Night Earth

Al Jadid, Sabha, Libya

Al Jadid, Sabha is a city located in the Sabha district in southern Libya. With an estimated population of around 130,000 inhabitants, it is considered one of the largest cities in the Fezzan region. The city's night lights are a sight to behold, and they are mainly produced by various sources such as streetlights, residential and commercial buildings, and other forms of artificial lighting. Unfortunately, these lights also contribute to light pollution, which affects both the city's environment and the health of its inhabitants.

The amount of light pollution in Al Jadid is relatively high due to the number of light sources in the city. The night lights in Al Jadid are estimated to produce around 77,000 lumens per square meter, which is considered high for a city of its size. The high levels of light pollution in Al Jadid have several negative impacts on the city's environment. One of the most significant impacts is the effect on the natural ecosystem. Light pollution can disrupt the breeding cycles of nocturnal animals and migratory birds, leading to a decline in their populations. It can also affect the behavior of insects, such as moths, which are drawn to the light and can interfere with pollination.

The light pollution in Al Jadid is also a concern for human health. Exposure to artificial light at night can disrupt the body's circadian rhythm, leading to sleep disorders and other health problems such as obesity and diabetes. It can also cause eye strain, headaches, and other vision-related problems, particularly in children.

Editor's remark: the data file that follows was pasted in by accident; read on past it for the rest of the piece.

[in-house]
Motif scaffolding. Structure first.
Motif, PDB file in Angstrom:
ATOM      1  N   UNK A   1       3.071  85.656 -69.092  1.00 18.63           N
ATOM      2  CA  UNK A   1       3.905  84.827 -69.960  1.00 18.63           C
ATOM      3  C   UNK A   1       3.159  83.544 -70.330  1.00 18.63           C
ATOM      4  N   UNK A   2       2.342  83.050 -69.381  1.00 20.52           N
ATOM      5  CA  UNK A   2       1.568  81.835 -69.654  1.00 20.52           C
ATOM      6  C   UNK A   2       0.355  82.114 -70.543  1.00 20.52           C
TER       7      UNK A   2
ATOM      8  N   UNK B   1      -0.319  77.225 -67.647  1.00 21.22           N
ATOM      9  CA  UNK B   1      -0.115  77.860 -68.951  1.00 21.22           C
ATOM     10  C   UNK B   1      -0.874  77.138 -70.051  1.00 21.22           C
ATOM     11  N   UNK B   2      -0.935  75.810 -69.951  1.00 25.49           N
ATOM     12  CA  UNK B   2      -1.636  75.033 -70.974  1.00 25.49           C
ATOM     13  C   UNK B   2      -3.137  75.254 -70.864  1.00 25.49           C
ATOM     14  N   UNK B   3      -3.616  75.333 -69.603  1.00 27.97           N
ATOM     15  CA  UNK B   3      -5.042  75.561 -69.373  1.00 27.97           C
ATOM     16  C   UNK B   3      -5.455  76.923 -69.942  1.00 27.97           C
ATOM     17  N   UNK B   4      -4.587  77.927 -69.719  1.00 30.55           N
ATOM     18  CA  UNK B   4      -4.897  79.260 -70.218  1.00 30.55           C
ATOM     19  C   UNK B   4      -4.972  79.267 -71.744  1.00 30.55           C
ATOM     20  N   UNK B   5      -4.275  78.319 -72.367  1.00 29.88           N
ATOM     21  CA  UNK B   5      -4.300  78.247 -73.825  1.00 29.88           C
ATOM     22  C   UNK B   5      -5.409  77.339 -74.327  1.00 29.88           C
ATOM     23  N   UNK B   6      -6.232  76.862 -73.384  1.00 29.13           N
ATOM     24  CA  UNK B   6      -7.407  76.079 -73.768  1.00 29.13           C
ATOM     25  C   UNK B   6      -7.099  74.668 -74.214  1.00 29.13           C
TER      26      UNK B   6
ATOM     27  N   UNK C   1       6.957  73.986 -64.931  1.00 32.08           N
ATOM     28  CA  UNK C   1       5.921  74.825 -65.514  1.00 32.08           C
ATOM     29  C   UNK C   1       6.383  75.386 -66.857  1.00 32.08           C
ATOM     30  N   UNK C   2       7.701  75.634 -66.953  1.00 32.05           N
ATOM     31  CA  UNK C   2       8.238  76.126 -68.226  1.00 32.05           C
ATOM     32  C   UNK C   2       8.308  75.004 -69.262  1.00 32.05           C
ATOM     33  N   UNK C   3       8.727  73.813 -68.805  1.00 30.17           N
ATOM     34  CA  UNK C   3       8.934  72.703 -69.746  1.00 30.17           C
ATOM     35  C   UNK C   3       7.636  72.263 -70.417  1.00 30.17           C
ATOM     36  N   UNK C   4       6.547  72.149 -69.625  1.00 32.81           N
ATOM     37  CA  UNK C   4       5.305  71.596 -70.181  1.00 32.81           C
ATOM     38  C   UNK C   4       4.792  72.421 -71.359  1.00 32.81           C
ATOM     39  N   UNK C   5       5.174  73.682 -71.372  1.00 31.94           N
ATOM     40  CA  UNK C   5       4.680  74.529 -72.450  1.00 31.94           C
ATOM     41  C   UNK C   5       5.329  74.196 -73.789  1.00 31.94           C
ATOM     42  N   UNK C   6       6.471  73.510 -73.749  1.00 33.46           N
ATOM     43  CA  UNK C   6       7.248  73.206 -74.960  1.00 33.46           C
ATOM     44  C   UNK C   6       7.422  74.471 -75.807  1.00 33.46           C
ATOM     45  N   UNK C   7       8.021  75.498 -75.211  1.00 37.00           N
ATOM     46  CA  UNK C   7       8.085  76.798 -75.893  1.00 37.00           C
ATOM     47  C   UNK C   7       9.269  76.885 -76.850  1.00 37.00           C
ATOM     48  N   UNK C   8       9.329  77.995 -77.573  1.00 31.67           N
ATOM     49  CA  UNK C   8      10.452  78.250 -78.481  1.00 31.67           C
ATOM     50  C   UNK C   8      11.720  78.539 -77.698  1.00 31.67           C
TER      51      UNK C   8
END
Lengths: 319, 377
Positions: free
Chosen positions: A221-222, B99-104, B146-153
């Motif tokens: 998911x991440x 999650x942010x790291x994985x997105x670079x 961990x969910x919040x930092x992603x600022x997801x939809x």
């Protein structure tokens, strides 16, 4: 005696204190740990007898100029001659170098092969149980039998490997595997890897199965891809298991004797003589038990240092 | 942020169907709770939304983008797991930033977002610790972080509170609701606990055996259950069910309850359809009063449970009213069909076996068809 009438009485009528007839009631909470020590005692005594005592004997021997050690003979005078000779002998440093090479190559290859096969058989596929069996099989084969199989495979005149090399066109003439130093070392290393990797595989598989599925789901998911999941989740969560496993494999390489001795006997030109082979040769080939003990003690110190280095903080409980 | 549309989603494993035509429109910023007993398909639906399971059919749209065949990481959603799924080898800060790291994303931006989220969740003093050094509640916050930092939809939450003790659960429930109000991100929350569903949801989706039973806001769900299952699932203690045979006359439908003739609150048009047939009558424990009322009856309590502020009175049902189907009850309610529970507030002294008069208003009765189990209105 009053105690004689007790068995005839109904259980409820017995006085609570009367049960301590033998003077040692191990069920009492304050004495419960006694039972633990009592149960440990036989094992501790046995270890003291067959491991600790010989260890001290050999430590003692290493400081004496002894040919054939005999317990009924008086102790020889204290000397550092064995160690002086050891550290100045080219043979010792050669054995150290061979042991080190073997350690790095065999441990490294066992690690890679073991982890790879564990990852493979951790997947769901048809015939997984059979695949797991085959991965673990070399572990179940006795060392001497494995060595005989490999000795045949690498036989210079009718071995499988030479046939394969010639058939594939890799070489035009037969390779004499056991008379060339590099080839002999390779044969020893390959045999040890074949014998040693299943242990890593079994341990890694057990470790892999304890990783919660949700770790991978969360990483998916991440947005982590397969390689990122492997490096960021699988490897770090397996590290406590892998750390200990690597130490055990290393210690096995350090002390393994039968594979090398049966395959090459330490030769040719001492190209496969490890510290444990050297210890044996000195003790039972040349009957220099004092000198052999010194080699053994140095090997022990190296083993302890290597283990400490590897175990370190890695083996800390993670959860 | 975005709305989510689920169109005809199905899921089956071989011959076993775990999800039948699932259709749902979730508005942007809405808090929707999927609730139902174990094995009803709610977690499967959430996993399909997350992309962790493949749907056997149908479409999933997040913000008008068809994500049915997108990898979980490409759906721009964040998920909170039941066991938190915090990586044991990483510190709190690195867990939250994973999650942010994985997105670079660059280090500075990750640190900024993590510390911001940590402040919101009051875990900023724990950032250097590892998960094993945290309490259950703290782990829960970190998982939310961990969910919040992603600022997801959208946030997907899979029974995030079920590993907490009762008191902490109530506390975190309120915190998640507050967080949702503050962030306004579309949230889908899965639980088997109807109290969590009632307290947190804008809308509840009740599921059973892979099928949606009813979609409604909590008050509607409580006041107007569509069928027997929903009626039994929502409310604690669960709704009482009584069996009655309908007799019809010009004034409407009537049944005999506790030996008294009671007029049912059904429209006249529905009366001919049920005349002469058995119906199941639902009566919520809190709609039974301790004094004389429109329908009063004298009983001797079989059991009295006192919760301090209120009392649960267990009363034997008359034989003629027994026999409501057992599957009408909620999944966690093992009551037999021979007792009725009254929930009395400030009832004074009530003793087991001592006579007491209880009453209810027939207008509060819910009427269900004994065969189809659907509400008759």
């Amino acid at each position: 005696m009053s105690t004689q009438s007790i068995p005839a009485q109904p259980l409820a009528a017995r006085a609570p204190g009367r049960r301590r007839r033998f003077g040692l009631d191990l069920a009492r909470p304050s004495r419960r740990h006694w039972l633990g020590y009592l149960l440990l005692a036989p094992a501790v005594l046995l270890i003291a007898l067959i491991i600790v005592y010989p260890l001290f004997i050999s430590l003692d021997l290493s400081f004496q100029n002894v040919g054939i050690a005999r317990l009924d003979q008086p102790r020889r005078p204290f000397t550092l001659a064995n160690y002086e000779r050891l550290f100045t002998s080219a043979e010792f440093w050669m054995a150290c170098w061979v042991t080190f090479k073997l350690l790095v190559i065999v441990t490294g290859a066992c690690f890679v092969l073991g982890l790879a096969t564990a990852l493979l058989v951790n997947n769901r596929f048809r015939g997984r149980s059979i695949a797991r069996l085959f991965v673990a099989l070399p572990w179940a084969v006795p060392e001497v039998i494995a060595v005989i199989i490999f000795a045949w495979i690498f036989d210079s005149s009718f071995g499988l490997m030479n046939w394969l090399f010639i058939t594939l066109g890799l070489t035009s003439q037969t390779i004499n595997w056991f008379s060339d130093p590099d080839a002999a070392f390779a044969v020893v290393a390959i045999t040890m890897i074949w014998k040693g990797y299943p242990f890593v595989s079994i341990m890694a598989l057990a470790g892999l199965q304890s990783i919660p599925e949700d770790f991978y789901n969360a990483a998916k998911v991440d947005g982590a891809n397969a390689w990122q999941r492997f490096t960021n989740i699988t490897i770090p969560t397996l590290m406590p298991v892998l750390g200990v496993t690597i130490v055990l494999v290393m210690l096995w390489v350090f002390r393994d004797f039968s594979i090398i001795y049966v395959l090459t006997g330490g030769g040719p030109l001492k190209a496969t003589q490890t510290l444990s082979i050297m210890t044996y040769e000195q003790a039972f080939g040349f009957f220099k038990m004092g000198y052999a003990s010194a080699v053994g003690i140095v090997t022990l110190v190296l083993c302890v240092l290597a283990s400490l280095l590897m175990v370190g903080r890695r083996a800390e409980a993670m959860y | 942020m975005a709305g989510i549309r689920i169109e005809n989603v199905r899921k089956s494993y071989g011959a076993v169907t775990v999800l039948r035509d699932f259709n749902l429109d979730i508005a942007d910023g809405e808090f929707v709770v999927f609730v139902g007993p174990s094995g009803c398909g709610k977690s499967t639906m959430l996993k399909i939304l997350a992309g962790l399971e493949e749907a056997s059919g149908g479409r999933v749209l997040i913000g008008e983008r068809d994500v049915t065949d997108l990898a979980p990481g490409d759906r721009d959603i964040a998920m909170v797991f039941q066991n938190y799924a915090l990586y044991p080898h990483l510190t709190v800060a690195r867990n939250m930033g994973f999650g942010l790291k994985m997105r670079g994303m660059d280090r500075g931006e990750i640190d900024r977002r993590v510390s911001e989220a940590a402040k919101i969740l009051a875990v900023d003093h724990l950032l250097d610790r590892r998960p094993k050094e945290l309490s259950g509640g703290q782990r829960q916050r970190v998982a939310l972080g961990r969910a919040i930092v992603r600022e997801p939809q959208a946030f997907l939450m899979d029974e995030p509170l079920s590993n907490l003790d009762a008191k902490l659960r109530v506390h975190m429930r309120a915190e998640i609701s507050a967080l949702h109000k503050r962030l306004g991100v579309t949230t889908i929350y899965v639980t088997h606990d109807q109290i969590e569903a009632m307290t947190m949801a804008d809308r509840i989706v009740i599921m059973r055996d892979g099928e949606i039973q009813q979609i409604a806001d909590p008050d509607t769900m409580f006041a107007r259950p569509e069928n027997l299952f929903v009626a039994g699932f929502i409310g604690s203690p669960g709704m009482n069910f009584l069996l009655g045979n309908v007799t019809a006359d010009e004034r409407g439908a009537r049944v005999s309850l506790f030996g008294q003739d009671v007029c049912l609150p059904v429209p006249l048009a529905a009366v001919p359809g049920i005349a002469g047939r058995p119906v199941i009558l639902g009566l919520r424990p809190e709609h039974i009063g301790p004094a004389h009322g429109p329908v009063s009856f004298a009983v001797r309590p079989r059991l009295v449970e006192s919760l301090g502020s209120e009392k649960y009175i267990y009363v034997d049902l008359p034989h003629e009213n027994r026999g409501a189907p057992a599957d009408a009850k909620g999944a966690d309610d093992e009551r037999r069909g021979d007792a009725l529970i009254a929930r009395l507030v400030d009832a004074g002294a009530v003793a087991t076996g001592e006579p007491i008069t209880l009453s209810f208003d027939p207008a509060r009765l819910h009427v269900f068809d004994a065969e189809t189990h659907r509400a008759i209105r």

Despite the negative impacts of light pollution, the night lights in Al Jadid are a source of pride for the city's inhabitants. The city is known for its vibrant nightlife, and its residents often stay up late, socializing and enjoying the city's many attractions. Some of the most popular landmarks in Al Jadid include the Sabha Castle, which was built in the 19th century and is now a museum, and the El-Hajar Mosque, which dates back to the 12th century and is one of the oldest mosques in Libya.

The people of Al Jadid have a unique culture and way of life that is deeply rooted in the city's history and traditions. Many of the city's inhabitants are nomadic or semi-nomadic, and they rely on agriculture and animal husbandry for their livelihoods. The city is also known for its textiles, particularly its carpets, which are handwoven by local artisans using traditional techniques.

In terms of industry, Al Jadid is a major hub for transportation and logistics. The city is located at the crossroads of several major highways and is an important transit point for goods and people traveling between northern and southern Libya. The city is also home to several government institutions, including the Sabha University and the Sabha International Airport.

Al Jadid, Sabha is a vibrant city with a rich cultural heritage and a unique way of life. However, its night lights contribute to light pollution, which has several negative impacts on the environment and human health. It is essential for the city's authorities to take measures to reduce light pollution while preserving the city's cultural and economic vitality.